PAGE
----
This relatively small snake is found mainly in and northwest of the Twin Cities area. Although it will bite when threatened, it is not venomous.
General description: True to its name, the brown snake is brown with a lighter-colored stripe down its back and a row of small black spots on each side.
Size: Only about 9 to 13 inches long, the brown snake is smaller than most Minnesota species.
After mating in spring, brown snakes give birth to 3 to 20 babies, each about 4 inches long
Brown snakes eat insects, snails, slugs, earthworms, tadpoles, and small frogs.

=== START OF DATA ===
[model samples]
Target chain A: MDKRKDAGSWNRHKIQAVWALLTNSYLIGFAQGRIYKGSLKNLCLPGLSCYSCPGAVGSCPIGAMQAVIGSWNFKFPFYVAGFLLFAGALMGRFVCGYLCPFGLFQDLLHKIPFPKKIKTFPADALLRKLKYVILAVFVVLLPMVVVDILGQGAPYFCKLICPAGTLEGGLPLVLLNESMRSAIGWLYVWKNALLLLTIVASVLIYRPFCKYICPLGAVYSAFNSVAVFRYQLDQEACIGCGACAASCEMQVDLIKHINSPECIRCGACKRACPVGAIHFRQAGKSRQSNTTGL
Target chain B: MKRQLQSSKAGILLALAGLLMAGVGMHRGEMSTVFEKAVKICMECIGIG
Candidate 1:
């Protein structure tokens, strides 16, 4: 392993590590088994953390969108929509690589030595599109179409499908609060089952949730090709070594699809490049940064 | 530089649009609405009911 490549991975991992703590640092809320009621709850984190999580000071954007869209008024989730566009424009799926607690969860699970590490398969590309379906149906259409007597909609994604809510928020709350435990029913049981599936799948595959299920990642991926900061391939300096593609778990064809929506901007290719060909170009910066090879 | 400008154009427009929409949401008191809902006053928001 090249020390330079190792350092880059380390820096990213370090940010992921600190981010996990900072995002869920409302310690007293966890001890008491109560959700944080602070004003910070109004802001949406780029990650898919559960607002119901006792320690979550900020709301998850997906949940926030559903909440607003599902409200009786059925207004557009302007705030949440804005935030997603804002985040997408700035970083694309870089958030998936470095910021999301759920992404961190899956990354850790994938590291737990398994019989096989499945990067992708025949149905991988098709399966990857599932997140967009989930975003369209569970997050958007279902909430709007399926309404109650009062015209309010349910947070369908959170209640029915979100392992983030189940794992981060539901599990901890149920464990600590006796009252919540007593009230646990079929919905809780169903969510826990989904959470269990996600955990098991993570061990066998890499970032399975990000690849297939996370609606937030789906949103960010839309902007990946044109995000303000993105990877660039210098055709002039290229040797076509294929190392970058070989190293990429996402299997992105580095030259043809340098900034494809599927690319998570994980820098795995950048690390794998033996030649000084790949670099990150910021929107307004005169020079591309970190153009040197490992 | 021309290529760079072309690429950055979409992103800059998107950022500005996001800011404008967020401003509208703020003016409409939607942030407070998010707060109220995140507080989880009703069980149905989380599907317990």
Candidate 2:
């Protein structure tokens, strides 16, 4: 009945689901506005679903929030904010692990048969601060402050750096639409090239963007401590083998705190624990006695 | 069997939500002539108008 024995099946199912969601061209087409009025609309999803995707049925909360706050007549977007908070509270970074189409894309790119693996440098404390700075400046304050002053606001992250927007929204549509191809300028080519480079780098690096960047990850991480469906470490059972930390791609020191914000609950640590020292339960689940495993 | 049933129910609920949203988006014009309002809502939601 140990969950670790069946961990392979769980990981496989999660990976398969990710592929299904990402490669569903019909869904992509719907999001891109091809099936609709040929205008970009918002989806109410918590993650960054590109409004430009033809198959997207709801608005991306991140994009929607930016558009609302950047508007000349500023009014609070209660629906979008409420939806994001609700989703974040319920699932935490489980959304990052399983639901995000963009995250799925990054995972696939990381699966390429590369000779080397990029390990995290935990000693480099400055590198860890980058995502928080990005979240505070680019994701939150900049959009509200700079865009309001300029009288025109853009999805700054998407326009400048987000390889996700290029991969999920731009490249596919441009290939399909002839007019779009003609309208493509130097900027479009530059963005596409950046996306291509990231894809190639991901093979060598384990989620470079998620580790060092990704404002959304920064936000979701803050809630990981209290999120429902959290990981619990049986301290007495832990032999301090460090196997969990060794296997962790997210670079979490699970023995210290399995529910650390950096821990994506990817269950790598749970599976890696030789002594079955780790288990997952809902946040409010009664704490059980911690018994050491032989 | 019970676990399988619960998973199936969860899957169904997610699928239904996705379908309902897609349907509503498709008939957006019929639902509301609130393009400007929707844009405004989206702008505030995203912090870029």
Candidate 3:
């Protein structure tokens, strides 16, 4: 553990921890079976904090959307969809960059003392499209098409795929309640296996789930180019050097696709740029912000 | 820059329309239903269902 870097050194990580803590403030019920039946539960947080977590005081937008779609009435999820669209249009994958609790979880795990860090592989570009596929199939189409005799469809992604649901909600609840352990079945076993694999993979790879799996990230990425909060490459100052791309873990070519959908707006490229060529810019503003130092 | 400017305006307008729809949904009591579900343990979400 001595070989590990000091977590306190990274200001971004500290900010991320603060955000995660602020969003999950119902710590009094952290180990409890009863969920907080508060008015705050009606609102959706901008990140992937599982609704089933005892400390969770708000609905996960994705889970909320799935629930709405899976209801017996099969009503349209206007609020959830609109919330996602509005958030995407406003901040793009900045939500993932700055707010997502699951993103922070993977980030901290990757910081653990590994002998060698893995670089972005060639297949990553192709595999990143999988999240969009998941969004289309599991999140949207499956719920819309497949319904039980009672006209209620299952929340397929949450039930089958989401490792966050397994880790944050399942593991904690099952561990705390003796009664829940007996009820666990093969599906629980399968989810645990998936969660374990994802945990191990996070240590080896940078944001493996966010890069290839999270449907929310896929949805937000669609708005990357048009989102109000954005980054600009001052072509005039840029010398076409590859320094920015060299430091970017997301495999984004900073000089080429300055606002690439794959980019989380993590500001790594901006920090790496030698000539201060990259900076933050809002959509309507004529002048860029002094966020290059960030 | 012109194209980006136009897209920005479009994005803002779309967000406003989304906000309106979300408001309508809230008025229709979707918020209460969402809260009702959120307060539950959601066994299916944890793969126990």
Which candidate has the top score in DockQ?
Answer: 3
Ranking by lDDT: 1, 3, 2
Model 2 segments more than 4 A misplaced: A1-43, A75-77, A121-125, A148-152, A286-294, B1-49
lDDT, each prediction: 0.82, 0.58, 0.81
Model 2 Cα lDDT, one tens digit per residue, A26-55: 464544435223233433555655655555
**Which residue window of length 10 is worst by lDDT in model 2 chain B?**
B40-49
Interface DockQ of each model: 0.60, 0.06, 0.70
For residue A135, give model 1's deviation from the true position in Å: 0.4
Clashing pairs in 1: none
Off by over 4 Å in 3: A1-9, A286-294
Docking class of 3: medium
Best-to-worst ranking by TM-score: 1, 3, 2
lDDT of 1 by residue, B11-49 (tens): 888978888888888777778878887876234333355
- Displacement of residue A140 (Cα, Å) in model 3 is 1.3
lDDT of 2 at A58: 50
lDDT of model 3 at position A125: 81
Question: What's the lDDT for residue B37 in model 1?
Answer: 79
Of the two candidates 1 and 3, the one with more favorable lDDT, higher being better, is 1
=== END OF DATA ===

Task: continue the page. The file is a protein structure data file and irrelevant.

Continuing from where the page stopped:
Larger snakes, crows, hawks, shrews, weasels, cats and dogs.
Brown snakes like to hang out in open areas near water and trees. You can also find them on golf courses and in residential areas often taking cover under a board or rock. They spend their winters hibernating in nooks and crannies in rocks and ant mounds.
Population and management
Brown snakes have no special status in Minnesota.
Brown snakes are mainly active in the daytime, but in hot weather they may be out at night instead.
Habitat and range